You want to catch the killer, because he or she is the only hope you have of finally living a peaceful, happy life. But you can’t catch him or her like you used to. No one can make the killer look back at you. No one can make your old enemies look at you. The killer has moved on.

In the second episode, the Empire ups its game while Dino Morea revels in his wickedness.

As the story progresses, The Empire starts to shine in its second episode. In the premiere, considerable groundwork was put down. This second episode focuses on the young Babur’s first foray into governing, as he is compelled to take up the mantle and rise to the occasion, in the process discovering himself. Meanwhile, Dino Morea’s Shaybani Khan becomes more menacing and unpredictable, giving some of his scenes a little edge.

The plot revolves primarily around Babur’s attempts to hold fort in Samarkand while plotting to reclaim Ferghana, both of which he eventually loses by the hour’s end – Samarkhand to Aslam Nawaz, whose bride-to-be betrays her own father in exchange for the throne, and Ferghana to secure his family’s safety back home. Babur and Aslam spend a significant amount of the episode exploring a hidden tunnel lead by a child caught stealing groceries who managed to slip in unnoticed.

Attempts are made throughout to show all sides of Babur. There is a compassionate side to him, where he observes the carnage, constant death, and suffering around him, and wishes it were not thus. Despite this, we see him wielding a sword and killing brutally to save others, or even killing in rage when a witness to his brutality makes a sarcastic comment about his family. This episode does a much better job of attempting to give Babur’s depiction more depth, as well as providing more background for Kunal Kapoor’s narrative in the flash-forward. He is obviously traumatized by his actions to the point of numbness, his decisions resulting in the loss of many lives, and no matter how much he want to excuse himself, he knows he is responsible for bringing them to their deaths in combat.

Morea’s Khal Drogo-inspired Shaibani Khan, on the other hand, becomes more unsettling. His presence generates uneasy tension at moments, which is fantastic for a character that began on a cringe-worthy note. The final scene, which I will not reveal here, is one that you can see coming a mile away yet still manages to be unpleasant to see. Shaibani is shown skinning a wild animal in a very bad effort to imitate Charles Dance skinning a deer in his introduction sequence, which continues the Game of Thrones similarities. Shaibani’s characteristics, such as his false disgust for blood, and his joy in violence and killing, showing the savage side of the Mughal period at the time, possibly standing for the worst, begin to emerge.

Of course, you still don’t care about most of the characters, but the writing, as well as the directing, in this episode seems to be a step up from the previous one. The shots are considerably more confident and self-assured this time around, the sets are well-presented and used, and although many parts remain corny, there are some nice moments to be enjoyed. The aftermath of the siege in the chilly open is a well-executed set-up, and the wall climbing progresses at a rapid speed, even if it looks a little bemused. In terms of performance, I give respect to the youthful Babur and Morea for embracing their roles and coming out much stronger in this one.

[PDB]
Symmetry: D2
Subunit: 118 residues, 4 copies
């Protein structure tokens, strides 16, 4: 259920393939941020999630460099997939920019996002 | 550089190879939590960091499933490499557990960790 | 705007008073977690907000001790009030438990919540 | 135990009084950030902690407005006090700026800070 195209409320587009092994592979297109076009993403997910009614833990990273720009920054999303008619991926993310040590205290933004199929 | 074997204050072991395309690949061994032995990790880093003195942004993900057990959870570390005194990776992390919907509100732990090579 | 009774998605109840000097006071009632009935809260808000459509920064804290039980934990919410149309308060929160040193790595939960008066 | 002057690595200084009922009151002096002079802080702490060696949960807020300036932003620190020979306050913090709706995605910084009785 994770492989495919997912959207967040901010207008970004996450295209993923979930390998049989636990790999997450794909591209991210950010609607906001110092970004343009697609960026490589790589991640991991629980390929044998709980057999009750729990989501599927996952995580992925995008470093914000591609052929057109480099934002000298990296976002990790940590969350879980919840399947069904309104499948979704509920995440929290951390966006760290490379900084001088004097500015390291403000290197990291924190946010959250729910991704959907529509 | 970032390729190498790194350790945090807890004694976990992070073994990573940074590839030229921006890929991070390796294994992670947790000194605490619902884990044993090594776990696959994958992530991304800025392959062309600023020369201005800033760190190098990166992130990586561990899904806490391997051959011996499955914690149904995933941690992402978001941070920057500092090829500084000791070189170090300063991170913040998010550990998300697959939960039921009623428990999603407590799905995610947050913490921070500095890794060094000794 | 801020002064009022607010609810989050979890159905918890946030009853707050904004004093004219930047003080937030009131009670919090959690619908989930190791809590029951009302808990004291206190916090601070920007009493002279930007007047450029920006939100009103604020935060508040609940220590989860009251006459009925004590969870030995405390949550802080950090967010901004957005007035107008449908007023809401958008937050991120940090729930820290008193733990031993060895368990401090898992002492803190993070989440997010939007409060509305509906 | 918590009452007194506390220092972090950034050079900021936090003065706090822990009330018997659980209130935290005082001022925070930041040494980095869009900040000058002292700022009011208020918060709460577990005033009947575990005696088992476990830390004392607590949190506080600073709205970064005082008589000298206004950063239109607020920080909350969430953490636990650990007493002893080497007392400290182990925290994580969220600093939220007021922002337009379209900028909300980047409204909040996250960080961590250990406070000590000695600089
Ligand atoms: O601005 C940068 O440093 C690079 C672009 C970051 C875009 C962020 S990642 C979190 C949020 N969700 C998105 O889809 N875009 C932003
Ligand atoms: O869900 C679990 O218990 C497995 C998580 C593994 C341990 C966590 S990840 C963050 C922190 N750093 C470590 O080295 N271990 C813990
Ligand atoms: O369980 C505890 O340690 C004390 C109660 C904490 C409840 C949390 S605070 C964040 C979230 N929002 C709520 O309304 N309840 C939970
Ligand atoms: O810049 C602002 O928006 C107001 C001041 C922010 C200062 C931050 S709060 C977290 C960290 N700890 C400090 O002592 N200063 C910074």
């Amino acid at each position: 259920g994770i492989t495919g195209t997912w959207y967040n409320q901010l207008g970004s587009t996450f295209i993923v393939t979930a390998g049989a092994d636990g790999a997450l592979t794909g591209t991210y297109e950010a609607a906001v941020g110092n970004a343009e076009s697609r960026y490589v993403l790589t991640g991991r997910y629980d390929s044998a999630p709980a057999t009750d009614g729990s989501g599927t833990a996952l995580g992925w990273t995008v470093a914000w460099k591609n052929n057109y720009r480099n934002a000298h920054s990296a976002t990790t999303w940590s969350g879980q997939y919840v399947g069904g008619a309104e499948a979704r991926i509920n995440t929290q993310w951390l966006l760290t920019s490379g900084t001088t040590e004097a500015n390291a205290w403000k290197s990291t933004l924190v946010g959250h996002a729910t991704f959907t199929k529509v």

We haven’t seen the full scope of the CGI in this season yet, but we’ve seen snippets, most notably the usage of Ferghana’s fort. Shots are repeated as is normal, yet the terrain sometimes provides magnificent vistas. Overuse of visual effects in Indian film is infamous, to the point that budgets run out and you wind up with cheap-looking scenes. So far, I haven’t seen any really awful pictures, despite the fake-looking backdrops being obvious due to the insufficient lighting.

The background score is another place where things are coming together. It’s not the most memorable since there aren’t any memorable leitmotifs to recite or remember, but some of the things towards the end did build up the suspense well. While Ashutosh Phatak veers a little too far towards the suspenseful build-up tradition, it’s far from the disaster that Tandav’s soundtrack was (not that the score itself was bad, but it was quite generic and ruined by overuse).

Overall, this episode was much superior than the first. Director Mitakshara Kumar’s fictional version of Indian history is going along well, and if the series can keep up this pace, it may wind up being at the very least enjoyable to watch.

8.0 out of 10 for The Empire Season 1 Episode 2

My review of The Empire Episode 1 may be found here.

For readers of the blog, the Panther’s Prowl, is all about movie news, analysis, analysis, analysis, analysis, analysis, analysis, analysis, analysis, analysis, analysis, analysis, analysis, analysis, analysis, analysis, analysis, analysis, analysis, analysis, analysis, analysis, analysis, analysis, analysis, analysis, analysis, analysis, analysis, analysis, analysis, analysis, analysis, analysis, analysis, analysis, analysis, analysis, analysis, analysis, analysis, analysis, analysis, analysis, analysis, analysis, analysis, analysis, analysis, analysis, analysis, analysis, analysis, analysis, analysis, analysis, analysis, analysis, analysis, analysis, analysis, analysis, analysis, analysis, analysis, analysis. Read more about panther prowl gsu and let us know what you think.

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